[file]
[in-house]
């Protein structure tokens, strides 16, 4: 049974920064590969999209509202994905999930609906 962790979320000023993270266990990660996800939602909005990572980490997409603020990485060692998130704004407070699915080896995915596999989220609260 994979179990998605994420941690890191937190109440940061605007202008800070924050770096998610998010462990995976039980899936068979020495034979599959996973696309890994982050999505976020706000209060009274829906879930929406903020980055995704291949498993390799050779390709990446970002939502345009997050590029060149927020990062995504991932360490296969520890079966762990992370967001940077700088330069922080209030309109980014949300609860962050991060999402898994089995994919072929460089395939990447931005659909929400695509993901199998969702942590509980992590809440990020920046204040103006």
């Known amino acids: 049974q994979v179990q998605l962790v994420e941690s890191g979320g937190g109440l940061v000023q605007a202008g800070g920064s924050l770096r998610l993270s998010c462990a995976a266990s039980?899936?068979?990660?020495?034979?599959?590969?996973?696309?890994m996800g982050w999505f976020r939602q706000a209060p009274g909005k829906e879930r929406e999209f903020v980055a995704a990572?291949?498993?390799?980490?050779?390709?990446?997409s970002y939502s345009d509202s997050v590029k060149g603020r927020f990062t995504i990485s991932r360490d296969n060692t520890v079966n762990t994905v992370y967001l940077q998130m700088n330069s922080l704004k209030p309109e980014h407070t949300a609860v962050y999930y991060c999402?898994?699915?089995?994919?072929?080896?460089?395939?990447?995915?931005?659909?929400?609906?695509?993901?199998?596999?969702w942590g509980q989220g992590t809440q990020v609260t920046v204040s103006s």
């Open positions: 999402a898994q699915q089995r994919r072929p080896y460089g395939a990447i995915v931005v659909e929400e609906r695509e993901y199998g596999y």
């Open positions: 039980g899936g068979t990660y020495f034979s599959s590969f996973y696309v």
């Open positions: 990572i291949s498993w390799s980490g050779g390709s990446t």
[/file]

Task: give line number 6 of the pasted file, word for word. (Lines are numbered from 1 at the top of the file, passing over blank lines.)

């Open positions: 990572i291949s498993w390799s980490g050779g390709s990446t």